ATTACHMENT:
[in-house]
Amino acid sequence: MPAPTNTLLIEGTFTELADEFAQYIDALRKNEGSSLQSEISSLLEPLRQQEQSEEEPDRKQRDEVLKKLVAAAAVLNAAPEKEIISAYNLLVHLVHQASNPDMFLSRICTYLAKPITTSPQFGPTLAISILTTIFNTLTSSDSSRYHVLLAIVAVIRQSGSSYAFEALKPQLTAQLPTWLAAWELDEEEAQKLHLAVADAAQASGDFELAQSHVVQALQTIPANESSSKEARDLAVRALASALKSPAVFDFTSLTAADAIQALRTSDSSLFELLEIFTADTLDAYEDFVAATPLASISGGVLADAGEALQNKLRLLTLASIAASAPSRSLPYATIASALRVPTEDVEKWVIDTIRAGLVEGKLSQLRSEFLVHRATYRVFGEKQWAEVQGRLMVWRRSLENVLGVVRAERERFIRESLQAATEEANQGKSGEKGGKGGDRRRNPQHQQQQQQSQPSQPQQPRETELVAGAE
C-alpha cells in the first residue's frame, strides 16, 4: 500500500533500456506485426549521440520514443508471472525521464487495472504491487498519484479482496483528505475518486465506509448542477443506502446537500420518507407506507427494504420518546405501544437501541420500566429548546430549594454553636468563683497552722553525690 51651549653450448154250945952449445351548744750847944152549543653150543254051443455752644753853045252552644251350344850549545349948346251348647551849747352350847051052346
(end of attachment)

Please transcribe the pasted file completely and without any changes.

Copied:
[in-house]
Amino acid sequence: MPAPTNTLLIEGTFTELADEFAQYIDALRKNEGSSLQSEISSLLEPLRQQEQSEEEPDRKQRDEVLKKLVAAAAVLNAAPEKEIISAYNLLVHLVHQASNPDMFLSRICTYLAKPITTSPQFGPTLAISILTTIFNTLTSSDSSRYHVLLAIVAVIRQSGSSYAFEALKPQLTAQLPTWLAAWELDEEEAQKLHLAVADAAQASGDFELAQSHVVQALQTIPANESSSKEARDLAVRALASALKSPAVFDFTSLTAADAIQALRTSDSSLFELLEIFTADTLDAYEDFVAATPLASISGGVLADAGEALQNKLRLLTLASIAASAPSRSLPYATIASALRVPTEDVEKWVIDTIRAGLVEGKLSQLRSEFLVHRATYRVFGEKQWAEVQGRLMVWRRSLENVLGVVRAERERFIRESLQAATEEANQGKSGEKGGKGGDRRRNPQHQQQQQQSQPSQPQQPRETELVAGAE
C-alpha cells in the first residue's frame, strides 16, 4: 500500500533500456506485426549521440520514443508471472525521464487495472504491487498519484479482496483528505475518486465506509448542477443506502446537500420518507407506507427494504420518546405501544437501541420500566429548546430549594454553636468563683497552722553525690 51651549653450448154250945952449445351548744750847944152549543653150543254051443455752644753853045252552644251350344850549545349948346251348647551849747352350847051052346